October
7
2020

The justice system puts crimes into two categories: misdemeanor and felony. For the most part, misdemeanors are less serious crimes that are usually penalized by jail sentences. Felonies, on the other hand, can result in a prison sentence. It’s a subtle distinction, but a distinction, nonetheless.

The exception in Texas is a state jail felony. While they may not be viewed as serious in the eyes of the law, they can still have a big impact on your life. Here is what a state jail felony is in Texas and all you need to know about it.

What is a Texas State Jail Felony?

In Texas, crimes are labeled felonies based on their severity. According to the law, there are four different levels of felony crimes and each degree has its own penalties and sentences.

One type of felony in Texas that isn’t classified under the system of degrees but also doesn’t qualify as a misdemeanor? A state jail felony. It’s an offense that carries the label of a felony but won’t result in prison time.

State Jail Felony Offenses in Texas

There are several crimes that can qualify as a state jail penalty in Texas. Some of the most common include:

  • Identity theft
  • DWI with a passenger under age 16
  • Criminally negligent homicide
  • Check forgery
  • Theft of items valued at $1,500 and $20,000
  • Animal cruelty
  • Interfering with child custody
  • Credit card fraud
  • Evading arrest with a vehicle
  • Burglarizing a building
  • False alarm or false report
  • Improper visual recording or photography

Texas Penalties for a State Jail Felony

According to the Texas penal code, someone found guilty of a state jail felony can be sentenced to up to two years in jail and pay fines up to $10,000. The lowest sentence that someone found guilty of a state jail felony can serve is 180 days in jail.

Enhancements for State Jail Felonies in Texas

There are some factors that can reclassify a state jail felony. If one of these factors occurred when the crime was being perpetrated, then the crime can be charged as a third-degree felony:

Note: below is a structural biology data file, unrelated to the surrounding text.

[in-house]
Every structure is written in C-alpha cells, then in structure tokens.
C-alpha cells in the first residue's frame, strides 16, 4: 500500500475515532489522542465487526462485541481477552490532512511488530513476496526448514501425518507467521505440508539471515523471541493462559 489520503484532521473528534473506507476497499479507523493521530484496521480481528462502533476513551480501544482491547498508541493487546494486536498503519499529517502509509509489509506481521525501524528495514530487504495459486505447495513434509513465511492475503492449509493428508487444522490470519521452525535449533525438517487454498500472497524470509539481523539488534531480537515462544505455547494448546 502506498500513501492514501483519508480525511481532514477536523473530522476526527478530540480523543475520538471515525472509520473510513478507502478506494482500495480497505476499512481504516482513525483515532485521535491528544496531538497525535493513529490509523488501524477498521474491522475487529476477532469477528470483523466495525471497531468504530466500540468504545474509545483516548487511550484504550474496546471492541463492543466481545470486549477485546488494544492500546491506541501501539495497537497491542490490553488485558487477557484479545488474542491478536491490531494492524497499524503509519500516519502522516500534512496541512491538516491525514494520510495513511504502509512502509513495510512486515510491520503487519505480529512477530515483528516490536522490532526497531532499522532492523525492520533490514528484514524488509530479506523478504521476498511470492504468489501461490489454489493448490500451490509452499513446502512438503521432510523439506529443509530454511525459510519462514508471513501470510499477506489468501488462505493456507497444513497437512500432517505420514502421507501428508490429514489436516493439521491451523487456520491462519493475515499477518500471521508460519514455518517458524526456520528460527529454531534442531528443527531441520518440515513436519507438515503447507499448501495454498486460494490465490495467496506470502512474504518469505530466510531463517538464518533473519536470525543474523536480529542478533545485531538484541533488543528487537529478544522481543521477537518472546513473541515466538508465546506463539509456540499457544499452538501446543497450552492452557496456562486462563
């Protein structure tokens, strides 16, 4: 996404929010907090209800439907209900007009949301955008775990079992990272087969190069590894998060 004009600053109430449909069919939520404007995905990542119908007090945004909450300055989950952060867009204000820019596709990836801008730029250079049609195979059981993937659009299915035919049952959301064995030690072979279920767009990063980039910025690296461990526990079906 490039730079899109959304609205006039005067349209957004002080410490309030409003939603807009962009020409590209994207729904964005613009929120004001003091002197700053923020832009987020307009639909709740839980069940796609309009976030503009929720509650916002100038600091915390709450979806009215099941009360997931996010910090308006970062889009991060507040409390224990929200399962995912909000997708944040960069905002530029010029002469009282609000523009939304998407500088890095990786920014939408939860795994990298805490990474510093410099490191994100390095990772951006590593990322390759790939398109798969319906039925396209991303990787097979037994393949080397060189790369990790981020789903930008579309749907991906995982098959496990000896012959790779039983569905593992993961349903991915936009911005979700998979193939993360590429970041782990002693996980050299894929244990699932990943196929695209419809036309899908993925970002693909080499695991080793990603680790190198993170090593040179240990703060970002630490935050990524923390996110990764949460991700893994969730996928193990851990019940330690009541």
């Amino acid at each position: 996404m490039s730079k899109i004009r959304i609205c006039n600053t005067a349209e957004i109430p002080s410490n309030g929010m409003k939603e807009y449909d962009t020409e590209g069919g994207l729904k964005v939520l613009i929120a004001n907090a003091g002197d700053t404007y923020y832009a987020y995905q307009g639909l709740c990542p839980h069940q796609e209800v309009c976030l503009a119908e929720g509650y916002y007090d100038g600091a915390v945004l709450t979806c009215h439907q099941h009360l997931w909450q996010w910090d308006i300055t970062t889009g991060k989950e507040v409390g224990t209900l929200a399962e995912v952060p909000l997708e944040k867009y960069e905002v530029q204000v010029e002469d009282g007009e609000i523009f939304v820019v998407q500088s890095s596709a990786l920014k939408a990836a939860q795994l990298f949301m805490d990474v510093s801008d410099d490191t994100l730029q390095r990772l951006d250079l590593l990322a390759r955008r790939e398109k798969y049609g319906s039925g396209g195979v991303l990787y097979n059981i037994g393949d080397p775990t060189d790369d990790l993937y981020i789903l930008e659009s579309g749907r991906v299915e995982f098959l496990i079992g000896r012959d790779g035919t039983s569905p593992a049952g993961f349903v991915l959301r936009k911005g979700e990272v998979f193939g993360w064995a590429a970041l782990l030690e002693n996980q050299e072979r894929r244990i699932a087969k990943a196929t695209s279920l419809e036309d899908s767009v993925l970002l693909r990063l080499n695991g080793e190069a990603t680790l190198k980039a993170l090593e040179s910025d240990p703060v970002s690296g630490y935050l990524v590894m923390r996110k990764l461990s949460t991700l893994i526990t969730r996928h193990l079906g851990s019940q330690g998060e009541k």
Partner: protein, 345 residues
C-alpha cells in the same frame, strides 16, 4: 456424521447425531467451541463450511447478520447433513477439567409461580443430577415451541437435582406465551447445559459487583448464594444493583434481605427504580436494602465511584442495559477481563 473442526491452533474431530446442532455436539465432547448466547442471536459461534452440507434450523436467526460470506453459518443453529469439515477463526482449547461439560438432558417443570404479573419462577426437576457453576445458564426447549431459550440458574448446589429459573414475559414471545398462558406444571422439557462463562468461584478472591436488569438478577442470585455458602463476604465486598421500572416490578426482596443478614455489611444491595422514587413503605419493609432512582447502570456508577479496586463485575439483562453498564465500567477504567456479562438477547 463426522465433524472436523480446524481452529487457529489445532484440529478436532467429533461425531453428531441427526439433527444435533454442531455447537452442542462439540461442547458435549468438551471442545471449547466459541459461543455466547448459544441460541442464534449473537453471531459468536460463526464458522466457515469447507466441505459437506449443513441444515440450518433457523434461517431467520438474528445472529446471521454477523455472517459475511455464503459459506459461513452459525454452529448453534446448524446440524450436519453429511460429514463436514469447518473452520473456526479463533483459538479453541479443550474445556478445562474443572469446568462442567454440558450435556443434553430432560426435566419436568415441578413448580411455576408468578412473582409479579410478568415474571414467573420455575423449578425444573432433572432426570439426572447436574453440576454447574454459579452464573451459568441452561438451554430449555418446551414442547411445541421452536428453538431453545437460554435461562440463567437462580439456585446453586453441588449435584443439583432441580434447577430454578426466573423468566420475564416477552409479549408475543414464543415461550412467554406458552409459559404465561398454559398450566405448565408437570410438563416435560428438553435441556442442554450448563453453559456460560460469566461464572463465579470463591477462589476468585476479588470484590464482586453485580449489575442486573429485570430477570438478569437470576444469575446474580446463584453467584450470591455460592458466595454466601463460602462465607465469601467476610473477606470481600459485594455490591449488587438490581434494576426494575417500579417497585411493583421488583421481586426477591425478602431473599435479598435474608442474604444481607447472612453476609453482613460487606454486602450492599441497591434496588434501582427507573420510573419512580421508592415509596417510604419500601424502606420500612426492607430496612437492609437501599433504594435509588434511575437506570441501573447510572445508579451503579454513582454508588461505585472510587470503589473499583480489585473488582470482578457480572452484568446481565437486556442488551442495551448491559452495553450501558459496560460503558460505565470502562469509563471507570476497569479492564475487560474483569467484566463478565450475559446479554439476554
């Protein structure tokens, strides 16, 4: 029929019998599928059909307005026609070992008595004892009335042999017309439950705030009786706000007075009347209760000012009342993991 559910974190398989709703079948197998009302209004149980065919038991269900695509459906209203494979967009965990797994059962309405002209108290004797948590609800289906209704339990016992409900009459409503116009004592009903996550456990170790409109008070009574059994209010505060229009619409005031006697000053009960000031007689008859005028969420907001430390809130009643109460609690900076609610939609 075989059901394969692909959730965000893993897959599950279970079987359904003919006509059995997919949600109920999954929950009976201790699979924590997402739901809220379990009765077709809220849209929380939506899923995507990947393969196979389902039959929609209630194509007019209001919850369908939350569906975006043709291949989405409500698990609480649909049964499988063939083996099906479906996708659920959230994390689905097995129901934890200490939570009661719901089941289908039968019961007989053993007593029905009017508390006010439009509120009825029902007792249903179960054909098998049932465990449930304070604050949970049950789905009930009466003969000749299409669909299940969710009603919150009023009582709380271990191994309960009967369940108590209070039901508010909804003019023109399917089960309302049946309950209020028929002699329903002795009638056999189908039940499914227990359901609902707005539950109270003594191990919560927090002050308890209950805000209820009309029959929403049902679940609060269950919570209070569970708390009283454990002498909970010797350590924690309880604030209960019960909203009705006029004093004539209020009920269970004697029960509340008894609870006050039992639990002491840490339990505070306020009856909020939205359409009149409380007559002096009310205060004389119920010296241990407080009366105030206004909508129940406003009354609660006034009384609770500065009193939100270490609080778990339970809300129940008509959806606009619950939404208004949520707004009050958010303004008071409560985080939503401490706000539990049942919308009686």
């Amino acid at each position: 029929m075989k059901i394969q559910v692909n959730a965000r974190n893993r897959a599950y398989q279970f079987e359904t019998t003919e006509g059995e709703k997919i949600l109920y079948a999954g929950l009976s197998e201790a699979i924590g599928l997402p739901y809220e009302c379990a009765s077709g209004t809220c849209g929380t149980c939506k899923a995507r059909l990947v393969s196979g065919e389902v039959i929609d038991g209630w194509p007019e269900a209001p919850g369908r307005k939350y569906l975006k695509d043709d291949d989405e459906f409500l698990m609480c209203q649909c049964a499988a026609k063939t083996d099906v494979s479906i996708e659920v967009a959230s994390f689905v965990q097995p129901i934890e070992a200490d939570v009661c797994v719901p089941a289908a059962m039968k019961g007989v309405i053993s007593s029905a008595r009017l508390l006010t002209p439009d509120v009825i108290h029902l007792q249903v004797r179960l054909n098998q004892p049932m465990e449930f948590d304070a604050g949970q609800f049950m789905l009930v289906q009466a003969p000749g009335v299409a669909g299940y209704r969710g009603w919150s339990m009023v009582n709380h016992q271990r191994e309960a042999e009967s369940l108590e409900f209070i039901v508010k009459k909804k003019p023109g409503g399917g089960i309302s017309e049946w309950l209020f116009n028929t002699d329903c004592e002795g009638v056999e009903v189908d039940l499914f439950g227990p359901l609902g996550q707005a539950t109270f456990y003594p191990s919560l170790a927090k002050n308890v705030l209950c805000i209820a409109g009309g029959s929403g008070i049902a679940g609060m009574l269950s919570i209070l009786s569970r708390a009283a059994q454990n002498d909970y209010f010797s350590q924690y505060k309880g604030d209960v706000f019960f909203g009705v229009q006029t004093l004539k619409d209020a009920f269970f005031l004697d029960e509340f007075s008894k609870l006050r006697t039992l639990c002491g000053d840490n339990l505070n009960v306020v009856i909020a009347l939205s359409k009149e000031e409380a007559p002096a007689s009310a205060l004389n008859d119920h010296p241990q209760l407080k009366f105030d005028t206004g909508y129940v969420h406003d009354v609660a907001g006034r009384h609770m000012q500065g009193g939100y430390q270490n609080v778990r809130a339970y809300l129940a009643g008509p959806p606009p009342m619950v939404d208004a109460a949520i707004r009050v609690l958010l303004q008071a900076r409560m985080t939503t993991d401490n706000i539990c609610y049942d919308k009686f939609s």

Deadly Weapons

The use or exhibition of a deadly weapon when committing the offense, when an attempt was made to escape the commission of the offense or was aware a deadly weapon was going to be used during the crime as a party to it

Prior Felony Convictions

If you’ve been convicted of prior felonies, such as:

  • Compelling prostitution
  • Human trafficking
  • Sexual performance by a child
  • Continuous sexual abuse of a child
  • Burglary
  • Murder
  • Aggravated robbery
  • Aggravated kidnapping
  • Injury to a child, elderly person, or disabled person
  • Indecency with a child
  • Aggravated sexual assault
  • Sexual assault

If these factors result in a third-degree felony charge, then that is punished by up to 10 years in jail and $10,000 in fines.

State Jail Felonies for Repeat Offenders

Fort Worth Jail Felony Lawyers

If the state of Texas deems someone a habitual or repeat offender, then that means they have been found guilty of two prior state felonies. In this case, a new state felony charge can be classified as a third-degree felony which is punishable by:

  • Fines up to $10,000
  • Minimum of two years in prison and a maximum of 10 years

State jail felonies may not seem as if they’re a big deal on the surface, but once you probe deeper you can see that they’re serious.

 

About the Author:

After getting his Juris Doctor from the University of Houston Law Center, Jeff Hampton began practicing criminal law in Texas in 2005. Before becoming a defense attorney, he worked as a prosecutor for the Tarrant County District Attorney’s Office – experience he uses to anticipate and cast doubt on the arguments that will be used against his clients. Over the course of his career, he has helped countless Texans protect their rights and get the best possible outcome in their criminal cases. He has been named one of the 3 Best DUI Lawyers in Fort Worth, recognized by Expertise, National Trial Lawyers, Avvo, and others, and he is Lead Counsel rated.